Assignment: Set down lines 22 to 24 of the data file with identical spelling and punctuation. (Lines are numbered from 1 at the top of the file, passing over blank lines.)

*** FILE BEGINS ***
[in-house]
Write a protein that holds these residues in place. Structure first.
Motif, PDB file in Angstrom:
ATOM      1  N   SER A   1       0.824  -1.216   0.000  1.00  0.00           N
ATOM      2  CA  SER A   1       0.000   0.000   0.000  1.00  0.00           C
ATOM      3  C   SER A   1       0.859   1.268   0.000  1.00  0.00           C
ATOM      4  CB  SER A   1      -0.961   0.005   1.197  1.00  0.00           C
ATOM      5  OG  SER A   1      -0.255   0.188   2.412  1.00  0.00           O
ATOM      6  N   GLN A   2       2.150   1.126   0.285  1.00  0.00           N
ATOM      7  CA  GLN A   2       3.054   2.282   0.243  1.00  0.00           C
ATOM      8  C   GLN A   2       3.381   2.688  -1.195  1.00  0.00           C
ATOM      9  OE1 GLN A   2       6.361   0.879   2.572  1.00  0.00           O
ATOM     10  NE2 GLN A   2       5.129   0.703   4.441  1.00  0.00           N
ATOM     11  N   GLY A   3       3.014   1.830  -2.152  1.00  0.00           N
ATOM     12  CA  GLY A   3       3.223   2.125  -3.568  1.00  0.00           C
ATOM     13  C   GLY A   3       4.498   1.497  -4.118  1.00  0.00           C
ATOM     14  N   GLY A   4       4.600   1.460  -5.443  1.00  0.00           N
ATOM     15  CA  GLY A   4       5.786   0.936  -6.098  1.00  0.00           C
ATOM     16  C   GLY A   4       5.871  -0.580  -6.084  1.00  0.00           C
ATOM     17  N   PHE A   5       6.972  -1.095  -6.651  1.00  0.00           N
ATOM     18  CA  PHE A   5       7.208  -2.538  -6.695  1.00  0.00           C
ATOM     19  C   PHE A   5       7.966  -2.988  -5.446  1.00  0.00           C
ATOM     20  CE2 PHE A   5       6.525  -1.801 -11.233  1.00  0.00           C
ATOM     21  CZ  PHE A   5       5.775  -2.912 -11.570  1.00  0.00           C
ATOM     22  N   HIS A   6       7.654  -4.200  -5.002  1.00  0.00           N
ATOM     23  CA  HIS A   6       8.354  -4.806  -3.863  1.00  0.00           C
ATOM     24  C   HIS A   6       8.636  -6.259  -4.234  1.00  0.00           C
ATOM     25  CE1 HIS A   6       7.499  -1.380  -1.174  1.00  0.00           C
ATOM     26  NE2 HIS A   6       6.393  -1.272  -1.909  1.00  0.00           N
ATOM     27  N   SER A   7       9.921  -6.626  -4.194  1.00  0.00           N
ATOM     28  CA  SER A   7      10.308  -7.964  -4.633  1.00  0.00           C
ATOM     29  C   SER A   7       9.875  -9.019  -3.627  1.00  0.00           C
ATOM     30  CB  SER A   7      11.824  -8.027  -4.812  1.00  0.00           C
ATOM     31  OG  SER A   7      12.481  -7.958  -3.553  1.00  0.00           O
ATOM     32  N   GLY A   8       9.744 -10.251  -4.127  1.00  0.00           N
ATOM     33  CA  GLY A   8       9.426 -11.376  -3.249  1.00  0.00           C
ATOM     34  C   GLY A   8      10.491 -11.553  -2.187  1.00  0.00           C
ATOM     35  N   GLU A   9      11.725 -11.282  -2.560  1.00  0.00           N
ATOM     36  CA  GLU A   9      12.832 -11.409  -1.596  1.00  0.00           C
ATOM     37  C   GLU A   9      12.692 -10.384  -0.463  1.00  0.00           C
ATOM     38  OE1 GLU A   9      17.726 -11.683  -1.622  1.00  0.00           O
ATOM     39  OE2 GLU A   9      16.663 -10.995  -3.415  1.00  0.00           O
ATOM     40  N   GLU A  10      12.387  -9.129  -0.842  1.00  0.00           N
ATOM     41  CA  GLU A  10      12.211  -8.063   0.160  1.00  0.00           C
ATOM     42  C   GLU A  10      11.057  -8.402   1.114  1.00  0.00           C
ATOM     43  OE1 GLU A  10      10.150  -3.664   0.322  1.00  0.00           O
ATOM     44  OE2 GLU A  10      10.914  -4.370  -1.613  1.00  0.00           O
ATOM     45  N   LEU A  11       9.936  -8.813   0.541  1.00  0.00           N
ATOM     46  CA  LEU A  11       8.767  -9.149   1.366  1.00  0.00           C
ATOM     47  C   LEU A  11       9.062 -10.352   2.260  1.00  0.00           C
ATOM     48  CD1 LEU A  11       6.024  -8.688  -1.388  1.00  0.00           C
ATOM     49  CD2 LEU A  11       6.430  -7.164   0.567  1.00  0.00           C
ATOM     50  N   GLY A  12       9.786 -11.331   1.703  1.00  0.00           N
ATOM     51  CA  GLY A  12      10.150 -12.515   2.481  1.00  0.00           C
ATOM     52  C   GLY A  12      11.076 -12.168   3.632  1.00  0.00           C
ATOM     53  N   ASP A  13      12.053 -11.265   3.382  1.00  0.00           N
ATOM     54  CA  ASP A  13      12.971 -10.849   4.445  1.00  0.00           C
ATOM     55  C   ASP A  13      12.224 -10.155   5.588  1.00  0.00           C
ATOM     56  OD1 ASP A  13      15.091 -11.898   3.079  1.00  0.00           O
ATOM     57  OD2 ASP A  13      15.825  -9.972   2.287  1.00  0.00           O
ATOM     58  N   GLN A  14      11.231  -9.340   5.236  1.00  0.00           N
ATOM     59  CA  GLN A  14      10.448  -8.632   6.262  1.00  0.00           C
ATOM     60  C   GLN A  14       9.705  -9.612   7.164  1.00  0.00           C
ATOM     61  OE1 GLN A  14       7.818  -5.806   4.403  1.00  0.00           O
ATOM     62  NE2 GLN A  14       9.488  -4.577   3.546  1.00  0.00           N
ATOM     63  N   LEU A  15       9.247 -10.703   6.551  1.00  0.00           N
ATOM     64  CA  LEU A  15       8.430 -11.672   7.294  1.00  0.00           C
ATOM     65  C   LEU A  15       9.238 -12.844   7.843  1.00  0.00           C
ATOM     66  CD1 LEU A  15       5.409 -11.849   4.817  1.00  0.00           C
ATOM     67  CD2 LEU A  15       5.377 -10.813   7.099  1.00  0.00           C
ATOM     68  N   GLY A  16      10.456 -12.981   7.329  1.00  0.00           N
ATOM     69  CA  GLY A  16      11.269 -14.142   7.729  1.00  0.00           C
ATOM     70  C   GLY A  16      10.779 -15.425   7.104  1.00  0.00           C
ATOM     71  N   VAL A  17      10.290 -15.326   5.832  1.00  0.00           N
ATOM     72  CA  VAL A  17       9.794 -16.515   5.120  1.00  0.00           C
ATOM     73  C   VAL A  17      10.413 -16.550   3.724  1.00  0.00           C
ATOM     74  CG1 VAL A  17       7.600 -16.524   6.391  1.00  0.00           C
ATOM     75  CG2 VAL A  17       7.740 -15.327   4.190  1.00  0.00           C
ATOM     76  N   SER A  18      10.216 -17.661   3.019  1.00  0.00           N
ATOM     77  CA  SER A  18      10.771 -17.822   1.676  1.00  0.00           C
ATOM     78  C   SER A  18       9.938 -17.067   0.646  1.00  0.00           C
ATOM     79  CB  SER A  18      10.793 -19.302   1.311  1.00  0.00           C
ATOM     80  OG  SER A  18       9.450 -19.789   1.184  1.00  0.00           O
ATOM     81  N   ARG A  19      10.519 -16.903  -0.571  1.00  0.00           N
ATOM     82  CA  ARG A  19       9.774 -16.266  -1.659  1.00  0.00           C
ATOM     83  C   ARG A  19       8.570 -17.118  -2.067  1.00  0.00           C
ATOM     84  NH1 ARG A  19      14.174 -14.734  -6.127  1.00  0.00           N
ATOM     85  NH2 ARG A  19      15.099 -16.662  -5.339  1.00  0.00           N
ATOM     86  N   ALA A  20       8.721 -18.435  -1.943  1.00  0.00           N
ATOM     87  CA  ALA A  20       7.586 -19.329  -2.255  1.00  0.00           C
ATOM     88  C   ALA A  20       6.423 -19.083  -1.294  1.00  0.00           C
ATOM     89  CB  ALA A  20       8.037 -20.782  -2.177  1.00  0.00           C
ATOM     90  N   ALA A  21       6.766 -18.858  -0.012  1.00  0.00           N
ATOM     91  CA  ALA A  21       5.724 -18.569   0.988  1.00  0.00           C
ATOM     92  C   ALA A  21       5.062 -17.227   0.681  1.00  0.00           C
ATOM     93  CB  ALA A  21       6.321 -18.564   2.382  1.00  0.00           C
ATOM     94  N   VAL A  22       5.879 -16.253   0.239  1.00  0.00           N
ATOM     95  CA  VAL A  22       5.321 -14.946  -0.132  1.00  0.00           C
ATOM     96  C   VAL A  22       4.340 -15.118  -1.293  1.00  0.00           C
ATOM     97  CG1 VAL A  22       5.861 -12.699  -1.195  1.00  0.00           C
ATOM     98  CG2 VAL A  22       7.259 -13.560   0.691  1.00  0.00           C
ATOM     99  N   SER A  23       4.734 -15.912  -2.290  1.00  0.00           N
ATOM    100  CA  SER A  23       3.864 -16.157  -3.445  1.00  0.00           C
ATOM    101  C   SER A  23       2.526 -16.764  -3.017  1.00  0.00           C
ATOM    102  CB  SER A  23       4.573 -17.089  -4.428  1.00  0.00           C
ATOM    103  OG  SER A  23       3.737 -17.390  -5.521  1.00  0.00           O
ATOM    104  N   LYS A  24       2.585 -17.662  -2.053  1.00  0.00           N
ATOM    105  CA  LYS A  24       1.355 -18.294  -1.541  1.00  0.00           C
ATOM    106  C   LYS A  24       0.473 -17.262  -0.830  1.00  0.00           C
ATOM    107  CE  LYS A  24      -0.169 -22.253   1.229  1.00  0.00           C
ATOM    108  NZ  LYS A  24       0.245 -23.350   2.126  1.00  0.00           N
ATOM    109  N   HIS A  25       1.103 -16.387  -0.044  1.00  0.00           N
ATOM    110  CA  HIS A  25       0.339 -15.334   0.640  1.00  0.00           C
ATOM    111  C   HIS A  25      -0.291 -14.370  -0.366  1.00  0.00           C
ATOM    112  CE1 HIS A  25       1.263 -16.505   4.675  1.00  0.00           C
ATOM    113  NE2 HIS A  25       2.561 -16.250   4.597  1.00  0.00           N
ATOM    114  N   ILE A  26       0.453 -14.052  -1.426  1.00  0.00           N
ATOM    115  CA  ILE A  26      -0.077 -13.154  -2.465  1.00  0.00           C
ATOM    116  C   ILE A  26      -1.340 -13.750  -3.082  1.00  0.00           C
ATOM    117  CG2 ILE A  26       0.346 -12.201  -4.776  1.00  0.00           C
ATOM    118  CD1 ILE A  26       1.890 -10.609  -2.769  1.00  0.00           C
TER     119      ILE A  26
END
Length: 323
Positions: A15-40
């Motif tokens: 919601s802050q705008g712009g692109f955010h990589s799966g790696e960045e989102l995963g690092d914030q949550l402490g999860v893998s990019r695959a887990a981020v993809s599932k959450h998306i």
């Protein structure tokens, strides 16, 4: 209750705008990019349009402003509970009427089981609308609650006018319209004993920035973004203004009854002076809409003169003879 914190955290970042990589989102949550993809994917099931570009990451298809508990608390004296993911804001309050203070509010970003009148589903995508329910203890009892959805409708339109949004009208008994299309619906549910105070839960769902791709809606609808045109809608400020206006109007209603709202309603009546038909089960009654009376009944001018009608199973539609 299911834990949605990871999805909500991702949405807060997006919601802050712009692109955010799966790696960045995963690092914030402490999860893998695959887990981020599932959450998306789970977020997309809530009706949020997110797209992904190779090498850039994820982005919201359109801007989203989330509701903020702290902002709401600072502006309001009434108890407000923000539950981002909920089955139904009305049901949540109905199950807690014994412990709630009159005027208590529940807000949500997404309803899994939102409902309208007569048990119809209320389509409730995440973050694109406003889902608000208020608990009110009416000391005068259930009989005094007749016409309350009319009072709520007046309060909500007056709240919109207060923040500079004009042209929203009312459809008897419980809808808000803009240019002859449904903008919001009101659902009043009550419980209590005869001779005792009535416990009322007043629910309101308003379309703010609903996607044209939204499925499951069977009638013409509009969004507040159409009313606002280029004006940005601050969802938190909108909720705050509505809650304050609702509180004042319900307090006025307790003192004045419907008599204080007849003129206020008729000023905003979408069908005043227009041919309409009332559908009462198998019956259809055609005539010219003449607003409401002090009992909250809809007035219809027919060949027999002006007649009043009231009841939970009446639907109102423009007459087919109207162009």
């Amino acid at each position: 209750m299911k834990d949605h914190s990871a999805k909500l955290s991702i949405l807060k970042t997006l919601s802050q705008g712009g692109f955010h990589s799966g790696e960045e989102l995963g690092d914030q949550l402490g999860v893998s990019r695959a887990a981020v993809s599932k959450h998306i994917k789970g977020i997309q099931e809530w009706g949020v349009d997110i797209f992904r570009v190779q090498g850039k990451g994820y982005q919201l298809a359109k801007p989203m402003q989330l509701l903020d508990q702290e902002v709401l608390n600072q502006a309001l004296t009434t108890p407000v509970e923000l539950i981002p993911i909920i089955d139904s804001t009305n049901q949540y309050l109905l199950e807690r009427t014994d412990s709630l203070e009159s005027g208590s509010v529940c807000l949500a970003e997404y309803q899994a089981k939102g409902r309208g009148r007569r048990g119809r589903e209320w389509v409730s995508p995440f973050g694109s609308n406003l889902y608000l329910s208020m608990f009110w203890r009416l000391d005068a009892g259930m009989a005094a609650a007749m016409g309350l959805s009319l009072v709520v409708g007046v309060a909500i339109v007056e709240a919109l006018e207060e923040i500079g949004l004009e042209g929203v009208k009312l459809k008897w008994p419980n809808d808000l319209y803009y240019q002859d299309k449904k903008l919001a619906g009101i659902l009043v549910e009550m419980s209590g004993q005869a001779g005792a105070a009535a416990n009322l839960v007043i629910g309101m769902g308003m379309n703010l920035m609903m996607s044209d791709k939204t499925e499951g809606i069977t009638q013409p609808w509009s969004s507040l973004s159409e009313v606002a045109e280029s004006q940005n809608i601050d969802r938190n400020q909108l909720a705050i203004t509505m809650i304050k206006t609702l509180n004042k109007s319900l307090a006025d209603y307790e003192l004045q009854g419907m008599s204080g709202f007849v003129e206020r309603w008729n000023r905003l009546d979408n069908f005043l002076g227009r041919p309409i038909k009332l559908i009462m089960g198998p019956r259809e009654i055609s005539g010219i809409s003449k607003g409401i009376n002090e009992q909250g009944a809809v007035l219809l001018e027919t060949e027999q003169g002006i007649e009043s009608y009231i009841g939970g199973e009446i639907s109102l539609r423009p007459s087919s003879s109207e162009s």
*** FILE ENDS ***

ATOM     19  C   PHE A   5       7.966  -2.988  -5.446  1.00  0.00           C
ATOM     20  CE2 PHE A   5       6.525  -1.801 -11.233  1.00  0.00           C
ATOM     21  CZ  PHE A   5       5.775  -2.912 -11.570  1.00  0.00           C